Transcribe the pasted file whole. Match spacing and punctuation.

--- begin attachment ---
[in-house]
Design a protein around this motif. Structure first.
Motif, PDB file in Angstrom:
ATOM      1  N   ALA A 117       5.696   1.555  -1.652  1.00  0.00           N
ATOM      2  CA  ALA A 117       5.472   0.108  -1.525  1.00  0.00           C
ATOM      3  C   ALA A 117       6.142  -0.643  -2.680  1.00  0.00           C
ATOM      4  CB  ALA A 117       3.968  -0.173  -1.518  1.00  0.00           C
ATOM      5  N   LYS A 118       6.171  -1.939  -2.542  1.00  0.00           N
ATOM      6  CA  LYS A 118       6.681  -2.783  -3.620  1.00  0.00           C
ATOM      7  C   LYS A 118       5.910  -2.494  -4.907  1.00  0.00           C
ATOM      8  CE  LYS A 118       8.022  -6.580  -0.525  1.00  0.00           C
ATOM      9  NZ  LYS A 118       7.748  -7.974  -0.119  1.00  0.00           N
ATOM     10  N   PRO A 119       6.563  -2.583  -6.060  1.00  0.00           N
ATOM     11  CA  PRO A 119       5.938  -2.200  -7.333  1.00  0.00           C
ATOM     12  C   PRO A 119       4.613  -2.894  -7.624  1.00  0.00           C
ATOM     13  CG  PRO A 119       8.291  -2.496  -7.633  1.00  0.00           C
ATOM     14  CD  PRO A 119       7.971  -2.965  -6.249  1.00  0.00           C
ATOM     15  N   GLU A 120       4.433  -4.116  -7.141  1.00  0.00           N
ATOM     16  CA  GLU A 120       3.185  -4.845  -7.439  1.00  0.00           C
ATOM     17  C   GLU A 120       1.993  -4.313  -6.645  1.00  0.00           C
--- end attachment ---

[in-house]
Design a protein around this motif. Structure first.
Motif, PDB file in Angstrom:
ATOM      1  N   ALA A 117       5.696   1.555  -1.652  1.00  0.00           N
ATOM      2  CA  ALA A 117       5.472   0.108  -1.525  1.00  0.00           C
ATOM      3  C   ALA A 117       6.142  -0.643  -2.680  1.00  0.00           C
ATOM      4  CB  ALA A 117       3.968  -0.173  -1.518  1.00  0.00           C
ATOM      5  N   LYS A 118       6.171  -1.939  -2.542  1.00  0.00           N
ATOM      6  CA  LYS A 118       6.681  -2.783  -3.620  1.00  0.00           C
ATOM      7  C   LYS A 118       5.910  -2.494  -4.907  1.00  0.00           C
ATOM      8  CE  LYS A 118       8.022  -6.580  -0.525  1.00  0.00           C
ATOM      9  NZ  LYS A 118       7.748  -7.974  -0.119  1.00  0.00           N
ATOM     10  N   PRO A 119       6.563  -2.583  -6.060  1.00  0.00           N
ATOM     11  CA  PRO A 119       5.938  -2.200  -7.333  1.00  0.00           C
ATOM     12  C   PRO A 119       4.613  -2.894  -7.624  1.00  0.00           C
ATOM     13  CG  PRO A 119       8.291  -2.496  -7.633  1.00  0.00           C
ATOM     14  CD  PRO A 119       7.971  -2.965  -6.249  1.00  0.00           C
ATOM     15  N   GLU A 120       4.433  -4.116  -7.141  1.00  0.00           N
ATOM     16  CA  GLU A 120       3.185  -4.845  -7.439  1.00  0.00           C
ATOM     17  C   GLU A 120       1.993  -4.313  -6.645  1.00  0.00           C